Heart rate variability training is widely used by professional and Olympic athletes to get the edge in their training. It provides extra subtle data on how ready your body is for a hard training session and how well it has recovered, so you can optimise training schedule and not unknowingly move into dangerous “over-training” zones. Technology has advanced so much recently, it is very cheap and easy now for us all to monitor and do heart rate variability training but what exactly does heart rate variability training tell us? Successfully using the data still requires tracking and understanding.
More than 50 years ago, scientists discovered that the more variation in the time between someone’s heartbeats, the healthier the heart is.
More variability indicates your heart is reacting well to the second-by-second changes in your body, such as the peaks and valleys in oxygen when you inhale and exhale. “Another way to look at it is that HRV is a good indicator of whether your central nervous system is in a fight or flight mode [low variation] or a rest and repair mode [high variation],” says Alan Couzens, triathlon coach.
Elite trainers now use this data to measure how well their athletes recover from big workouts. Heart rate variability training involves understanding fluctuations in our HRV. Consistent readings of high variation are a strong indication of good recovery and the heart’s readiness to take on another training block.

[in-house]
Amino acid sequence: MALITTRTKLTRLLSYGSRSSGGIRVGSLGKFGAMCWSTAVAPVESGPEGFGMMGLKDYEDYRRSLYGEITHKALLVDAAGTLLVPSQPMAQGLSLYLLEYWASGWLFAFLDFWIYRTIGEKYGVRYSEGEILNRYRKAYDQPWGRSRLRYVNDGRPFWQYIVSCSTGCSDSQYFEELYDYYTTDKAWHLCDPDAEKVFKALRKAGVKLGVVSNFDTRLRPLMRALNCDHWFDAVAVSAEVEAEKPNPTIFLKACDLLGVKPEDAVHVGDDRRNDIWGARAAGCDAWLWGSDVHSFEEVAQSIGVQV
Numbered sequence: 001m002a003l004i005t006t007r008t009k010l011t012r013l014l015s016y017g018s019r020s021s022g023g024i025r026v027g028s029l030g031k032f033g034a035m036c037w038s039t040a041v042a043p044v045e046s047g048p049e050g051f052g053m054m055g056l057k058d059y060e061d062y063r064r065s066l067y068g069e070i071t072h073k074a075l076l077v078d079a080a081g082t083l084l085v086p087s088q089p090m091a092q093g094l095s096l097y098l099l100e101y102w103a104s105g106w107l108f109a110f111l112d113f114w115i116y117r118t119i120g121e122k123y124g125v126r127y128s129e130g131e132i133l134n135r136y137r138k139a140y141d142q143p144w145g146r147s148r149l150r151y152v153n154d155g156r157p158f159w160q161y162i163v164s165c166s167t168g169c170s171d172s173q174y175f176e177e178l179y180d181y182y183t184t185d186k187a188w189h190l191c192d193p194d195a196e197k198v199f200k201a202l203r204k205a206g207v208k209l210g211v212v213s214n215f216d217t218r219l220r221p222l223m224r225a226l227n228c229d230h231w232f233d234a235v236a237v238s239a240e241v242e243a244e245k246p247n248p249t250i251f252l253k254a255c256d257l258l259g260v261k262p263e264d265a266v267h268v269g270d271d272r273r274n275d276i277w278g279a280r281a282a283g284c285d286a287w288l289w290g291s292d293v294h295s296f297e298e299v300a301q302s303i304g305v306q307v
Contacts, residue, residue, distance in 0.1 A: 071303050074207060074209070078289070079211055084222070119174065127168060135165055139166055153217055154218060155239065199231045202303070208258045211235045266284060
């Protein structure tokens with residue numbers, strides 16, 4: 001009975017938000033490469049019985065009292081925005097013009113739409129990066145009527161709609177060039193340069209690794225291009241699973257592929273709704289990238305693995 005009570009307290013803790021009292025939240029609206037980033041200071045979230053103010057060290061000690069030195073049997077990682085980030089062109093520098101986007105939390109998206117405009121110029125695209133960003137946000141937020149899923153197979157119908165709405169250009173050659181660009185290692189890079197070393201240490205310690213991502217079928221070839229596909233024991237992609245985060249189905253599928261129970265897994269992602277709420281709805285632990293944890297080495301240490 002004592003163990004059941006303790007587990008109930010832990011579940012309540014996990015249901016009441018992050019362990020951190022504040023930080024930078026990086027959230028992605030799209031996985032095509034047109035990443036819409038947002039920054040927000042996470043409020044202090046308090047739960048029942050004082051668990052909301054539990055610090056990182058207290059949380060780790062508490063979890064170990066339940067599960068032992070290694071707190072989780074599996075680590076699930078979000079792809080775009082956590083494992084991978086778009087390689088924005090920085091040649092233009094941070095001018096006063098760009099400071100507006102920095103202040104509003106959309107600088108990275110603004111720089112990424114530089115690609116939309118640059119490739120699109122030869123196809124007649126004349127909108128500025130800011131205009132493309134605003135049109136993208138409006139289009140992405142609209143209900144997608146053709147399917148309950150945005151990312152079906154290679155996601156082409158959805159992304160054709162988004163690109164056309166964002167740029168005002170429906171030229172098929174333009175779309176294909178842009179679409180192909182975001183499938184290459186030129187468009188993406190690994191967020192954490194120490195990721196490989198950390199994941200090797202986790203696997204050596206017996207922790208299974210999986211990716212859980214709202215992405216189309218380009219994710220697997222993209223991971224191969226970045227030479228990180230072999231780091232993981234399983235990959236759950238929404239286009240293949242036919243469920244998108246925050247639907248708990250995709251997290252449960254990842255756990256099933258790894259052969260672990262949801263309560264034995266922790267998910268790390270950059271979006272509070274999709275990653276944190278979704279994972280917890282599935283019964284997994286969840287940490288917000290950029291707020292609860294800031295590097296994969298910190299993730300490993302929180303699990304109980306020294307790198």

Heart rate variability training apps, like SweetBeat, EliteHRV or HRV4Training, take your pulse via your phone’s camera or heart rate chest strap and spit out a score between one and 100, with most readings falling somewhere between 50 and 100.
Use a chest strap that is bluetooth compatible like Polar H7
Heart rate variability training scores are highly individual. It is not as simple as high is bad and low is good. But this has led many amateur athletes to see high numbers as good and low ones as bad. Rather it’s the consistency of your particular HRV score over several days or even weeks.
Couzens to give a basic rundown of things to look out for when planning your heart rate variability training:
- Build a baseline: “The most important thing is to identify your personal norm, which can only be determined by spending a month or so being consistent with the readings,” says Couzens. In other words try to measure it at the same time each day.
- Know your numbers: “Higher is not always better, and your number does not always correlate with fitness,” says Couzens. “I have some very good athletes who, for whatever reason, have really low baselines, meaning their hearts tend to have low variability. Once you know your general high numbers and general low numbers, those are the ones to pay attention to; how close your number is to your personal baseline is a better indicator of readiness to train than a high number. If you take arbitrary values and start comparing yourself with other athletes, you’re missing out on the most valuable data.”
- Don’t be fooled by false spikes: “Hard training often drives an athlete’s heart rate variability really low and then way up the minute we stop and our body rallies,” says Couzens. “But you may still feel really tired—listen to your body so that you’re following patterns, not one-off readings.”
- Use your number to plan workouts: Athletes reported their best training sessions when their HRV number was on the high side of their normal, according to Couzens. For example, if the athlete’s average was 50, she would likely see her best training while in the 55-60 range. This zone is a good indication that your heart is working to its full capacity and you’re thus likely to recovery from hard work quickly.